The Yates anthology: The minister with merit
Published 30/05/2015 | 02:30
Usually my pen is poised to critique, even savage, ministers for their stream of ministerial-speak - or waffle - to disguise fudges and indecision. It's a rarity for me to praise a minister's handling of a brief with particular precision, political skill and straight answers.
Preparation is always key to performance. He gave precise answers to questions about: 635 net new jobs; unpredictable futures for Cork and Shannon airports beyond 2022; the infrastructure fund of €335m from the proceeds; job security prospects of Registered Employment Agreements for unions; and a prospective timetable for IAG share completion.
His surefooted presentation succeeded in allaying the fears of Labour backbenchers. It also muted the resistance from Siptu. Thus a consensus emerged in favour of the growth opportunities for the fleet and the prospect of route expansion.
Many FG backbenchers resented Enda Kenny's fast-track preferment of Paschal. Despite only being a TD for the first time in this Dáil, he leapfrogged other long-serving deputies to replace Lucinda Creighton as European Affairs Junior Minister. A mere year later he was catapulted into Cabinet last July as Enda's pet protégé. Double promotion for a guy in his 30s created envy and resentment, particularly amongst Kenny critics.
But the bouquets may be short lived. Donohoe was comfortably elected by topping the poll in Dublin Central in 2011, having struggled in the previous (Tony Gregory) by-election. The departure of Bertie Ahern opened up the prospect of Paschal having a long tenure. Alas for him, the Constituency Commission redraw was disastrous.
The new three-seat constituency bisects his previous vote. Minus one seat, electorates of Drumcondra and Ashdown have moved respectively into Dublin North-West and Dublin West, making the constituency far less blueshirt and much more blue collar. Rest assured FG HQ will spare no resources to save his seat.
Speaking of the next general election, significantly some shrewdies have caused Paddy Power to slash the odds of the next poll taking place later this year from 5/2 to 10/11. A few little birdies have been repeatedly singing that the Taoiseach favours an early election in November, in the warm afterglow of a €2bn-plus giveaway budget.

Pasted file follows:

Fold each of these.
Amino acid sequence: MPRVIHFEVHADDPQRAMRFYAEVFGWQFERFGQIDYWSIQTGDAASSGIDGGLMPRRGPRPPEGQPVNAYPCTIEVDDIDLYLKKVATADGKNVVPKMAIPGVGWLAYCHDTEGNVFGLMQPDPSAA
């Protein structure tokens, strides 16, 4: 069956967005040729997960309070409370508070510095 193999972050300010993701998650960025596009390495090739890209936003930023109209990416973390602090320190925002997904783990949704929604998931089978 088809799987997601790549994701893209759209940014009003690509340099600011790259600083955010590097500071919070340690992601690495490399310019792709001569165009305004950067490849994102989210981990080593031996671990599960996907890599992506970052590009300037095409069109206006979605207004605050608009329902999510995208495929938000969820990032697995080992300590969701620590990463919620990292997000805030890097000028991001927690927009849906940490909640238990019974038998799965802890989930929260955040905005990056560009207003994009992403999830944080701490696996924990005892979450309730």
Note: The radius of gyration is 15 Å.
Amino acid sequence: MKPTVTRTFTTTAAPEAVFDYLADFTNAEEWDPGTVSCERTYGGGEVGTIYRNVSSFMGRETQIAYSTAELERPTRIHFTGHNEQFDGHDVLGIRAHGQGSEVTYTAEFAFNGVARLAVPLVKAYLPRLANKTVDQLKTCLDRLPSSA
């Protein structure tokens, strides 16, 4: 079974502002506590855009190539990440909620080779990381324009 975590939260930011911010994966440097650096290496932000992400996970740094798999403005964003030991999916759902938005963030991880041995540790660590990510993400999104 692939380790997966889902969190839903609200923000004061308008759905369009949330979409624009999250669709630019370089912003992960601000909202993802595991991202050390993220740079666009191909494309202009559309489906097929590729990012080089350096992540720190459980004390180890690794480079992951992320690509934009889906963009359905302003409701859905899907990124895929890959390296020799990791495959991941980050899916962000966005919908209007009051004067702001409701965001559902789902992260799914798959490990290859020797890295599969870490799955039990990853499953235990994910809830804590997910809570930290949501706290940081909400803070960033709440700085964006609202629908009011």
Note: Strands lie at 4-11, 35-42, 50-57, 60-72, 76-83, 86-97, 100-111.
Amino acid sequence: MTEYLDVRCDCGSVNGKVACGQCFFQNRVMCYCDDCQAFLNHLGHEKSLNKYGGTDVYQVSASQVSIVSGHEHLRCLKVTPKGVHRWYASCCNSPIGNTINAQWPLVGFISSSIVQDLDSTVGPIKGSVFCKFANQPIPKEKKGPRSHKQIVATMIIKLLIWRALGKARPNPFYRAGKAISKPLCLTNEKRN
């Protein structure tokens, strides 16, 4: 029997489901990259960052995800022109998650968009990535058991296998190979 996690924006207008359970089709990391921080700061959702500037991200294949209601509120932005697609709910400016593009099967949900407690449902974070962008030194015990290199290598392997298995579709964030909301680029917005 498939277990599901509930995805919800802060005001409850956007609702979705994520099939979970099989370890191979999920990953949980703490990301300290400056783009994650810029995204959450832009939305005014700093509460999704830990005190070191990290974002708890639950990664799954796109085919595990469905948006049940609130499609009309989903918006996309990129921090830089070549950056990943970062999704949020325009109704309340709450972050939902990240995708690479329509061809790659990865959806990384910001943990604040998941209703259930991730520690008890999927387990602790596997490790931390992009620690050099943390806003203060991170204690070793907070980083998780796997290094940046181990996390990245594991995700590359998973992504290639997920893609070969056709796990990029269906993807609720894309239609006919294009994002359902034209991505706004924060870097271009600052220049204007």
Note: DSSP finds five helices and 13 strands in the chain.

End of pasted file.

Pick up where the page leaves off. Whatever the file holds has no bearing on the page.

But don't rule out Labour preventing an early exit.
Anyone who read 'Foul' by Andrew Jennings will know, since 2006, of Fifa's murky world of scandalous sweeteners in return for votes.
Many of the six confederations that comprise the Association have been Sepp Blatter's staunch allies for decades, particularly CAF (54 African members). He gets all their votes all the time, assuring him of a majority of 209 countries.
Blatter's re-election in the week of unprecedented arrests of Fifa officials and executives shows utter contempt for any form of ethical behaviour. His dismissals and denials of any responsibility of a culture of corruption under his watch are beyond credibility. He's been slow to implement reforms. So there are only three options for change: the Swiss justice authorities' comprehensive indictments in Zürich; sponsors Coca-Cola, Adidas, Visa and McDonald's withdrawing revenues; or a multi-nation boycott of the Russian or Qatar finals.
The fundamental problem is one of amateur guys in blazers controlling constituent associations in an era of revenues of $5.7bn between 2011 and 2014. My uneasiness extends to our other big global sports finals, the Olympic Games.
The International Olympic Committee has many similarities: based in Lausanne, Switzerland; constituent membership, including 33 honorary members; and there have also been previous US Department of Justice probes into bribes to host games. A new template and constitution of transparency and democracy is required for both organisations.
Despite that persistent cold wind throughout the month of May and interminable rain showers, we've one of the best weekends of the year upon us. Concerts at Slane and Royal Kilmainham; Bloom in the Phoenix Park; Listowel Writers Festival; Irish Open golf at Royal County Down and Sky Cat Laughs shindig in Kilkenny - not forgetting the Moby Dick festival in Youghal.